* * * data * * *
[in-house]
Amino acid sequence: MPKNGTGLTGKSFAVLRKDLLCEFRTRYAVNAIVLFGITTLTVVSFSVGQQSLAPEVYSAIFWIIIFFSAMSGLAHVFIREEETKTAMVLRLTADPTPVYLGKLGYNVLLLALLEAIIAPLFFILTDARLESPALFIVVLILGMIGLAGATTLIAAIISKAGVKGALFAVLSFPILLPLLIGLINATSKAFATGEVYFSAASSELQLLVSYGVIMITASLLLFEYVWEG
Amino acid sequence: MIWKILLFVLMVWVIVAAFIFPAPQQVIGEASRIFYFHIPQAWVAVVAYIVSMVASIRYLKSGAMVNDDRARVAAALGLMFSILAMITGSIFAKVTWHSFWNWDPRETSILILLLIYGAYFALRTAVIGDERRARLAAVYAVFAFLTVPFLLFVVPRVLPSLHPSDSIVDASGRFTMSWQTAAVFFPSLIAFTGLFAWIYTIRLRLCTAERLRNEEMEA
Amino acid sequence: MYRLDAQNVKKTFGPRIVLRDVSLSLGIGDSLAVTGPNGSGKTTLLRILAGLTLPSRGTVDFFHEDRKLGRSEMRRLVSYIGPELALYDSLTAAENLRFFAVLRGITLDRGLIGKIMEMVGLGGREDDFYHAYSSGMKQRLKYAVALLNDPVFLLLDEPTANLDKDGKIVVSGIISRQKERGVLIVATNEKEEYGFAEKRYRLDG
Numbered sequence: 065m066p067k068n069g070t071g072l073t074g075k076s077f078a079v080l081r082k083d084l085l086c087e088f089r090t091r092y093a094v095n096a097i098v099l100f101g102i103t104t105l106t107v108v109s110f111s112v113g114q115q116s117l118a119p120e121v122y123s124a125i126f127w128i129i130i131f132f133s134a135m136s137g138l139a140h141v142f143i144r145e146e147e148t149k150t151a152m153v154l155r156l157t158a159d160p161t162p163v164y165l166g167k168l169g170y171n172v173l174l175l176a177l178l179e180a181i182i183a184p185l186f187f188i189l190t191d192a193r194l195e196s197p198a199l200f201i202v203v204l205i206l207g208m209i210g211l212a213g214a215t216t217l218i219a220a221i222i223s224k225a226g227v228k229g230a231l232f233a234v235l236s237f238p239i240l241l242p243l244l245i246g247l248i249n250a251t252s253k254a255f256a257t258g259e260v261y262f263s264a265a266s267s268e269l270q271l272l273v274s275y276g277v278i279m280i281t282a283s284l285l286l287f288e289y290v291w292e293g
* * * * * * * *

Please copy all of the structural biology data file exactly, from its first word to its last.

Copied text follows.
[in-house]
Amino acid sequence: MPKNGTGLTGKSFAVLRKDLLCEFRTRYAVNAIVLFGITTLTVVSFSVGQQSLAPEVYSAIFWIIIFFSAMSGLAHVFIREEETKTAMVLRLTADPTPVYLGKLGYNVLLLALLEAIIAPLFFILTDARLESPALFIVVLILGMIGLAGATTLIAAIISKAGVKGALFAVLSFPILLPLLIGLINATSKAFATGEVYFSAASSELQLLVSYGVIMITASLLLFEYVWEG
Amino acid sequence: MIWKILLFVLMVWVIVAAFIFPAPQQVIGEASRIFYFHIPQAWVAVVAYIVSMVASIRYLKSGAMVNDDRARVAAALGLMFSILAMITGSIFAKVTWHSFWNWDPRETSILILLLIYGAYFALRTAVIGDERRARLAAVYAVFAFLTVPFLLFVVPRVLPSLHPSDSIVDASGRFTMSWQTAAVFFPSLIAFTGLFAWIYTIRLRLCTAERLRNEEMEA
Amino acid sequence: MYRLDAQNVKKTFGPRIVLRDVSLSLGIGDSLAVTGPNGSGKTTLLRILAGLTLPSRGTVDFFHEDRKLGRSEMRRLVSYIGPELALYDSLTAAENLRFFAVLRGITLDRGLIGKIMEMVGLGGREDDFYHAYSSGMKQRLKYAVALLNDPVFLLLDEPTANLDKDGKIVVSGIISRQKERGVLIVATNEKEEYGFAEKRYRLDG
Numbered sequence: 065m066p067k068n069g070t071g072l073t074g075k076s077f078a079v080l081r082k083d084l085l086c087e088f089r090t091r092y093a094v095n096a097i098v099l100f101g102i103t104t105l106t107v108v109s110f111s112v113g114q115q116s117l118a119p120e121v122y123s124a125i126f127w128i129i130i131f132f133s134a135m136s137g138l139a140h141v142f143i144r145e146e147e148t149k150t151a152m153v154l155r156l157t158a159d160p161t162p163v164y165l166g167k168l169g170y171n172v173l174l175l176a177l178l179e180a181i182i183a184p185l186f187f188i189l190t191d192a193r194l195e196s197p198a199l200f201i202v203v204l205i206l207g208m209i210g211l212a213g214a215t216t217l218i219a220a221i222i223s224k225a226g227v228k229g230a231l232f233a234v235l236s237f238p239i240l241l242p243l244l245i246g247l248i249n250a251t252s253k254a255f256a257t258g259e260v261y262f263s264a265a266s267s268e269l270q271l272l273v274s275y276g277v278i279m280i281t282a283s284l285l286l287f288e289y290v291w292e293g